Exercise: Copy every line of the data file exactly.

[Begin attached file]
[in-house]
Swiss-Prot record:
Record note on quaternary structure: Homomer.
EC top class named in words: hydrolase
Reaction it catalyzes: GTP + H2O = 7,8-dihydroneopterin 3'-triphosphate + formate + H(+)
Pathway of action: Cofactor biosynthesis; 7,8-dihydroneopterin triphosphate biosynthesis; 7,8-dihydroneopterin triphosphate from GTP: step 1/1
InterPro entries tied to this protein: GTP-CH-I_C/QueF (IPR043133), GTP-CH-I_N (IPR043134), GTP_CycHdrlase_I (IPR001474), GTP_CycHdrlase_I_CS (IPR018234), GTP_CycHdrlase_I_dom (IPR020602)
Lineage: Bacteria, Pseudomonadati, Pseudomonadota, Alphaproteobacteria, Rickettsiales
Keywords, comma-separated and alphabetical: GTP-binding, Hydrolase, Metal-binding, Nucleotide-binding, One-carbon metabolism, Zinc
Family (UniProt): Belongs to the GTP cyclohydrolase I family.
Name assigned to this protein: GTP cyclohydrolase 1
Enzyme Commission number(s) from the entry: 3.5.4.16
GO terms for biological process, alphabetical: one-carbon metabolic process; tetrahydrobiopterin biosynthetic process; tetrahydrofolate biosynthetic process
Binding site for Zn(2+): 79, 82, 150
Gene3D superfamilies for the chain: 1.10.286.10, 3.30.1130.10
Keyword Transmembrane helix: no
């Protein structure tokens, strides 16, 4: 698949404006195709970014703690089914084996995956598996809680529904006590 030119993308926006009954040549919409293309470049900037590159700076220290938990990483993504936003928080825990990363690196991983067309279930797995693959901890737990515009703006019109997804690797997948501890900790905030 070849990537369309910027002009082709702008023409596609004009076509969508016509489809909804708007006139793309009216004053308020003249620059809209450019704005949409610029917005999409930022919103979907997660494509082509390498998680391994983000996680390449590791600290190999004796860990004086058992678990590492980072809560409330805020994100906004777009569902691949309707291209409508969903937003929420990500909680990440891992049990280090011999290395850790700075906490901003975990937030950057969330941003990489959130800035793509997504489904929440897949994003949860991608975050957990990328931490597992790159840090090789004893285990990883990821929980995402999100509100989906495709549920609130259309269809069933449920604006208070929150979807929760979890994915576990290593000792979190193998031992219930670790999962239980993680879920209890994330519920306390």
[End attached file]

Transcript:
[in-house]
Swiss-Prot record:
Record note on quaternary structure: Homomer.
EC top class named in words: hydrolase
Reaction it catalyzes: GTP + H2O = 7,8-dihydroneopterin 3'-triphosphate + formate + H(+)
Pathway of action: Cofactor biosynthesis; 7,8-dihydroneopterin triphosphate biosynthesis; 7,8-dihydroneopterin triphosphate from GTP: step 1/1
InterPro entries tied to this protein: GTP-CH-I_C/QueF (IPR043133), GTP-CH-I_N (IPR043134), GTP_CycHdrlase_I (IPR001474), GTP_CycHdrlase_I_CS (IPR018234), GTP_CycHdrlase_I_dom (IPR020602)
Lineage: Bacteria, Pseudomonadati, Pseudomonadota, Alphaproteobacteria, Rickettsiales
Keywords, comma-separated and alphabetical: GTP-binding, Hydrolase, Metal-binding, Nucleotide-binding, One-carbon metabolism, Zinc
Family (UniProt): Belongs to the GTP cyclohydrolase I family.
Name assigned to this protein: GTP cyclohydrolase 1
Enzyme Commission number(s) from the entry: 3.5.4.16
GO terms for biological process, alphabetical: one-carbon metabolic process; tetrahydrobiopterin biosynthetic process; tetrahydrofolate biosynthetic process
Binding site for Zn(2+): 79, 82, 150
Gene3D superfamilies for the chain: 1.10.286.10, 3.30.1130.10
Keyword Transmembrane helix: no
């Protein structure tokens, strides 16, 4: 698949404006195709970014703690089914084996995956598996809680529904006590 030119993308926006009954040549919409293309470049900037590159700076220290938990990483993504936003928080825990990363690196991983067309279930797995693959901890737990515009703006019109997804690797997948501890900790905030 070849990537369309910027002009082709702008023409596609004009076509969508016509489809909804708007006139793309009216004053308020003249620059809209450019704005949409610029917005999409930022919103979907997660494509082509390498998680391994983000996680390449590791600290190999004796860990004086058992678990590492980072809560409330805020994100906004777009569902691949309707291209409508969903937003929420990500909680990440891992049990280090011999290395850790700075906490901003975990937030950057969330941003990489959130800035793509997504489904929440897949994003949860991608975050957990990328931490597992790159840090090789004893285990990883990821929980995402999100509100989906495709549920609130259309269809069933449920604006208070929150979807929760979890994915576990290593000792979190193998031992219930670790999962239980993680879920209890994330519920306390």